DesiL (Designing for Learnability): a non-deterministic methodology for informing the design and assessment of easy-to-learn microcomputer interfaces
This study serves to commence research on a new concept within the purview of human-computer interface design. This concept is called learnability and addresses the ability of a computer user to learn how to use software without explicit training. The concept of learnability differs from the more common concept of usability in that it serves a purpose different from the "engineering type" of work performed by usability that focuses on contributions from cognitive science and human factors researchers. In particular learnability is concerned with factors local to the user's situation that may not be predictable a priori. While usability engineering aims to prescribe how human computer interfaces are designed, learnability may be thought of as a descriptive concept, that may only inform the design of computer interfaces.
Because this study seeks to begin research in learnability the research questions in this study are formative to assist in dimensioning the factors surrounding this concept and how they may be better understood and studied. The research questions permitted the discovery and exploration of factors affecting learnability and how those factors may then be designed into a human computer interface. The study also forwards several methodologies for assessing if a learnable human-computer interface has been achieved. This study is grounded in theories of social science, human communication and instructional design. However, it deviates from these theories in important ways when they were found to conflict with this study's definition of learnability. In particular, this study extends the work of Cool (1993), Carroll (1984, 1990, 1992) and Suchman (1987) in their framing of the problems encountered by persons both learning to use and using computers to accomplish everyday work. Their work, and this study conceives of learning-how-to-use-computers as a constructivist phenomenon that is effected by social, perceptual and interpretive factors ancillary to the actual learning task. This study's methodologies are therefore taken from social science research in symbolic interaction, ethnomethodology and the unconventional stochastic modeling of human communications processes.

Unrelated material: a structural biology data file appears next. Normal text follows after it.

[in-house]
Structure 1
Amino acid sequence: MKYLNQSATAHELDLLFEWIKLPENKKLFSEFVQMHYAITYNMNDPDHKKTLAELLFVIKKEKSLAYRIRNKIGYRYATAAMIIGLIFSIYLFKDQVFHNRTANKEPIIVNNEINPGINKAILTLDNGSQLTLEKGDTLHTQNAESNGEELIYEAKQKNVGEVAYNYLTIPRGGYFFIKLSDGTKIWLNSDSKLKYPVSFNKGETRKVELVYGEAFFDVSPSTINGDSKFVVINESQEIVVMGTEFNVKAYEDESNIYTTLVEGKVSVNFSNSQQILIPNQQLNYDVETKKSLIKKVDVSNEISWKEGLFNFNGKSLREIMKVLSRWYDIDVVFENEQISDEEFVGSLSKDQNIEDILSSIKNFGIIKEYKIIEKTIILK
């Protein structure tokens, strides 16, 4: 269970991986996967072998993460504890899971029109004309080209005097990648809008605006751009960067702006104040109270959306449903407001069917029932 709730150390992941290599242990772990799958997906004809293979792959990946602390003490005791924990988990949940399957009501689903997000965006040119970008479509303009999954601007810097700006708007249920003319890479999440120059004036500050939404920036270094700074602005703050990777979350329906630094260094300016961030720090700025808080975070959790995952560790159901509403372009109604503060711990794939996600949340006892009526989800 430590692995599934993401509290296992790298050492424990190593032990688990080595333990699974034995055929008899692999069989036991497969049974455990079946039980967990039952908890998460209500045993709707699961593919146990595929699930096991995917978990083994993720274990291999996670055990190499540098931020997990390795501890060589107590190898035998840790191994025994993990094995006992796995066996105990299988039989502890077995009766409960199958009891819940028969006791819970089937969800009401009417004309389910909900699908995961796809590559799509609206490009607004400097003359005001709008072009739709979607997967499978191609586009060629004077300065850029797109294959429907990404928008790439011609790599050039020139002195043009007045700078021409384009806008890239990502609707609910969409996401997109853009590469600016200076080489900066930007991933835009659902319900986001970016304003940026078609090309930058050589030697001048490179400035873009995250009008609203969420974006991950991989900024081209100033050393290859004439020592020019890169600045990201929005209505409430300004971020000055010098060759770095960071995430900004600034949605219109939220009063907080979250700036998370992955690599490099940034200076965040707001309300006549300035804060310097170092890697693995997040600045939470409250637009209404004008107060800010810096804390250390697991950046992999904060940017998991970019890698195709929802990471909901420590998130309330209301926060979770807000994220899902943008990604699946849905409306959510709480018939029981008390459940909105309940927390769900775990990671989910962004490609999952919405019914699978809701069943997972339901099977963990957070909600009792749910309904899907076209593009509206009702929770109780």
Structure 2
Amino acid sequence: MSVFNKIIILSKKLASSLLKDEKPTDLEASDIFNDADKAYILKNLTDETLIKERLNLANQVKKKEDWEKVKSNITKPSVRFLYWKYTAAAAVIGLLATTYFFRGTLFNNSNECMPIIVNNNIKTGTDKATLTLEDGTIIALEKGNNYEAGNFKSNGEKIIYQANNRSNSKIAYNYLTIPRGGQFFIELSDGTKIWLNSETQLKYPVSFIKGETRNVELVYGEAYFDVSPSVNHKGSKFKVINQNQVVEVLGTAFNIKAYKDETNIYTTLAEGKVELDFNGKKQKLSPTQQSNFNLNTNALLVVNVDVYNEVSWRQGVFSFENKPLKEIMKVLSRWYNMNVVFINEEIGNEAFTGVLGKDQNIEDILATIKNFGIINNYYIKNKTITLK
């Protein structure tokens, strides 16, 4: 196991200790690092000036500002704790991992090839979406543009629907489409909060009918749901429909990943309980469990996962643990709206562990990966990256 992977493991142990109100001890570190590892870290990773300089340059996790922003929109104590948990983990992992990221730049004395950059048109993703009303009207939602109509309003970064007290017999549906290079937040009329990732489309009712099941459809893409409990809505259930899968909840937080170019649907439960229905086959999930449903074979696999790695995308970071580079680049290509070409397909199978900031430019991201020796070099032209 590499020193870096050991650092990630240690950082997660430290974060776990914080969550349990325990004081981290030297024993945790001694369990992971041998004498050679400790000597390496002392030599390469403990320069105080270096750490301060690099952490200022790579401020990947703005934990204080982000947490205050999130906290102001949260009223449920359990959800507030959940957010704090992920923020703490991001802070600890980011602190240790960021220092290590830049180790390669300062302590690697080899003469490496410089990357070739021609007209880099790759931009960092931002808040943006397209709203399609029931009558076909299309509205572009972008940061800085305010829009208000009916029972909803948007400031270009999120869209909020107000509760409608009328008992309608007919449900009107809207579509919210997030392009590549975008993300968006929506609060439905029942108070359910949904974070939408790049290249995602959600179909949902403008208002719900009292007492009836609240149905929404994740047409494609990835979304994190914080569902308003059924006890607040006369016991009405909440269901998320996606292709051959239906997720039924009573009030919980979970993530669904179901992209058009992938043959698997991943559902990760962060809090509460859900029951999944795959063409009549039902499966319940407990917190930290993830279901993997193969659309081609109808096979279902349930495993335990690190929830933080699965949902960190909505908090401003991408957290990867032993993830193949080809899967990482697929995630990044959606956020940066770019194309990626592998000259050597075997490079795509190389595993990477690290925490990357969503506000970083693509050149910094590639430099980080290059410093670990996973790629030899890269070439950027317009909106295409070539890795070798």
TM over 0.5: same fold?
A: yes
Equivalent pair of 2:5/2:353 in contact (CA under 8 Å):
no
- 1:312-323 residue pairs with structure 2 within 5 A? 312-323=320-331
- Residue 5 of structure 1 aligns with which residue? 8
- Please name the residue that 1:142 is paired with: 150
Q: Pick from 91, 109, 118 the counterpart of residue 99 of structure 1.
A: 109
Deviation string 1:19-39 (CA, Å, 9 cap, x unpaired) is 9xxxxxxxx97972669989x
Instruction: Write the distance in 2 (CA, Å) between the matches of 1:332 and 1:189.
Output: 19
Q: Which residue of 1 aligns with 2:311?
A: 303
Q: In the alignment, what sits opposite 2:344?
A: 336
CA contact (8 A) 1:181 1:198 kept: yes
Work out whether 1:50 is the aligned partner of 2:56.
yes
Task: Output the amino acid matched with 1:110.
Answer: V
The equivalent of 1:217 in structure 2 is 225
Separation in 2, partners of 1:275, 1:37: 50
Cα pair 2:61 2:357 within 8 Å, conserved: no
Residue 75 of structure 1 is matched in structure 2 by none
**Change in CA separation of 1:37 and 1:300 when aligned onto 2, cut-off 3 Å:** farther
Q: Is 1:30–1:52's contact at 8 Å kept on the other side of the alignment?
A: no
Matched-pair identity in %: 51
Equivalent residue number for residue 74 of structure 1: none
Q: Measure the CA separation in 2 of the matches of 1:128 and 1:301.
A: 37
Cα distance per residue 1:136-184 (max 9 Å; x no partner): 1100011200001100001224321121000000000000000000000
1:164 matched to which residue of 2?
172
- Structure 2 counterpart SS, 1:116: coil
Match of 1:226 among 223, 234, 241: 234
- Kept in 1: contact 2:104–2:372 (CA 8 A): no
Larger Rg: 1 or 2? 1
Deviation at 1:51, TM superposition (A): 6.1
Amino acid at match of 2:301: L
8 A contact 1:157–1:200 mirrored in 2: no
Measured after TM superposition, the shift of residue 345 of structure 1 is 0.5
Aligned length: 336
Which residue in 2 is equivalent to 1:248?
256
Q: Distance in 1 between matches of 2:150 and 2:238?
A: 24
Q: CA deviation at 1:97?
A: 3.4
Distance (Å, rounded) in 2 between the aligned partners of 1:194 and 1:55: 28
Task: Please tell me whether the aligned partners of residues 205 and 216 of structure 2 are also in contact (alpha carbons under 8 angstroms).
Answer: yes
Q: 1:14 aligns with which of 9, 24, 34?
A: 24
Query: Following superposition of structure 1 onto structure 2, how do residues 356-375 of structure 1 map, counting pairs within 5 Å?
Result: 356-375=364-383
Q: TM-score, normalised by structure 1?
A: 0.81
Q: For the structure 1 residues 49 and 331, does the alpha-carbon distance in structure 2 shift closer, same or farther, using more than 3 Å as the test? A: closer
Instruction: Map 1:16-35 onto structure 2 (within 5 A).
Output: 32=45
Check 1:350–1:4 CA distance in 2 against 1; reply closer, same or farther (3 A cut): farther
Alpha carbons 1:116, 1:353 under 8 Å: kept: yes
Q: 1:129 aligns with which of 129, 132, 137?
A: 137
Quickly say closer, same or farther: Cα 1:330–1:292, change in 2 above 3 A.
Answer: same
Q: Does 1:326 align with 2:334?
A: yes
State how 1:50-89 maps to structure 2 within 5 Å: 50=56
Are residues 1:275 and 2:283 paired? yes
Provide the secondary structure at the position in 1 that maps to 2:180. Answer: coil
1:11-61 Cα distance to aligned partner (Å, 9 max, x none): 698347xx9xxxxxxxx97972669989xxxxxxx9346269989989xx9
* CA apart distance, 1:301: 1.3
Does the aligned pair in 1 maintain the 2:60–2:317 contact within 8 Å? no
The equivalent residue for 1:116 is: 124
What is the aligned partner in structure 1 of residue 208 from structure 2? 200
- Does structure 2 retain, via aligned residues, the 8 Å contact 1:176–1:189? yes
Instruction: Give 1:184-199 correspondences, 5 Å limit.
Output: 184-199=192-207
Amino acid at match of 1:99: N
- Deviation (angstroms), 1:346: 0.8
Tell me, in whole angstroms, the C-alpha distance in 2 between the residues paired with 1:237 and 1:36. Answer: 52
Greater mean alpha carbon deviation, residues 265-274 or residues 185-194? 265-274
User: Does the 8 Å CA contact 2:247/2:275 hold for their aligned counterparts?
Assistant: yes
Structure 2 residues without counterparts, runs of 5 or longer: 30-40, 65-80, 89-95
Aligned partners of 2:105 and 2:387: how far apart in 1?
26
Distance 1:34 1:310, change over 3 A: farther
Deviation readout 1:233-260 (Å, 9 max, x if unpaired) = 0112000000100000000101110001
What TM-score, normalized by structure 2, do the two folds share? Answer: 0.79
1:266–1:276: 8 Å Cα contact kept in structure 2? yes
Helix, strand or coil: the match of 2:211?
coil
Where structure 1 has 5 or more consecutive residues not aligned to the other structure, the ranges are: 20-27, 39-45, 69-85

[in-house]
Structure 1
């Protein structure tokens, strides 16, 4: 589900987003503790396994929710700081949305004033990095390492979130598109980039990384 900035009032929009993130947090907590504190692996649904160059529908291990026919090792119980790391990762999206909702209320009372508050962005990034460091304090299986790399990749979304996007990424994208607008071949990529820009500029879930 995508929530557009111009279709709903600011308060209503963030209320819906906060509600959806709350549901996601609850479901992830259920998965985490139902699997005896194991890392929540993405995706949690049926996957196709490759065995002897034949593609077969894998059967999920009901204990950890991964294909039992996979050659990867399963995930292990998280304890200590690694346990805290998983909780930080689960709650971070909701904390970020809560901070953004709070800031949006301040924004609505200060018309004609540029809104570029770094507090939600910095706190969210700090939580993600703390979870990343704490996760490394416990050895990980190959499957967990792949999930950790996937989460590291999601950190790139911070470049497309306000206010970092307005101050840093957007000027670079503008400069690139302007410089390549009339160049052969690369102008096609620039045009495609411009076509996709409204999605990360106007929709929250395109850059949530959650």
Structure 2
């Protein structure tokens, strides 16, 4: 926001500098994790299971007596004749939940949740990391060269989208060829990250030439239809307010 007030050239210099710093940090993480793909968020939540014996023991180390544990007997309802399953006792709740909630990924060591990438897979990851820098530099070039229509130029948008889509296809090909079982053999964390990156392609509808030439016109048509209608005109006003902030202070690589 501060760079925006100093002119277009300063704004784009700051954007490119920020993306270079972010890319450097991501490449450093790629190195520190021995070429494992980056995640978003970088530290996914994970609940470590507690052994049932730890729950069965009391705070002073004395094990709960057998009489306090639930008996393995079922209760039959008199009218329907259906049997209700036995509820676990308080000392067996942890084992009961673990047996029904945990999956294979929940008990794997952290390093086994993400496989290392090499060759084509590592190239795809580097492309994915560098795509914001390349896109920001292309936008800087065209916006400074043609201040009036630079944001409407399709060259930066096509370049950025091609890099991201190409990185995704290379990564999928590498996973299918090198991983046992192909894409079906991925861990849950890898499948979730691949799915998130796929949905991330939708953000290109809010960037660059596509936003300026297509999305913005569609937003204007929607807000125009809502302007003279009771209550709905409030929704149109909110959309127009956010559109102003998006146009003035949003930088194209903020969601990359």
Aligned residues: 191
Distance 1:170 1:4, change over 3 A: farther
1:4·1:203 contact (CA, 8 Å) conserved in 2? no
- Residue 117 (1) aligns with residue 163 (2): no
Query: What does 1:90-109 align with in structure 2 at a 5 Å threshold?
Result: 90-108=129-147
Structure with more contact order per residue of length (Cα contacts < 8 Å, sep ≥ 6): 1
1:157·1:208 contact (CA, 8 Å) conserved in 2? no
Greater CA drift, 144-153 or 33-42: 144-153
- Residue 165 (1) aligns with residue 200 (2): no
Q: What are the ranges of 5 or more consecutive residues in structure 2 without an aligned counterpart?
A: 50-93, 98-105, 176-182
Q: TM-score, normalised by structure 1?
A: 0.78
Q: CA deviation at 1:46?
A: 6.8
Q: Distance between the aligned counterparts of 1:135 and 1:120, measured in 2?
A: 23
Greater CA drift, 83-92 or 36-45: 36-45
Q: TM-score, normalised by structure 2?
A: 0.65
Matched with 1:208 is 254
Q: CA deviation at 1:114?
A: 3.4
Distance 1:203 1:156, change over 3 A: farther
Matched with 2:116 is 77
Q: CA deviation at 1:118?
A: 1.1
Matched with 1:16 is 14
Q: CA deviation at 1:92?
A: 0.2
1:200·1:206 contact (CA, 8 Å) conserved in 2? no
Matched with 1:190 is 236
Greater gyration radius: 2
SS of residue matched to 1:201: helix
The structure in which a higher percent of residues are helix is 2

When these methods were used to discover factors related to how a computer user perceives, interprets and performs work, and those discoveries used in informing the design of a human-computer interface, the research participants were found to be able to learn how to use the computer to use the underlying software without explicit training. It is therefore possible that these perceptual and interpretive factors play an important role in learning how to use computers. More research is needed to better understand the new concept of learnability and to dimension the factors that contribute to its successful implementation in the practice of human-computer interface design.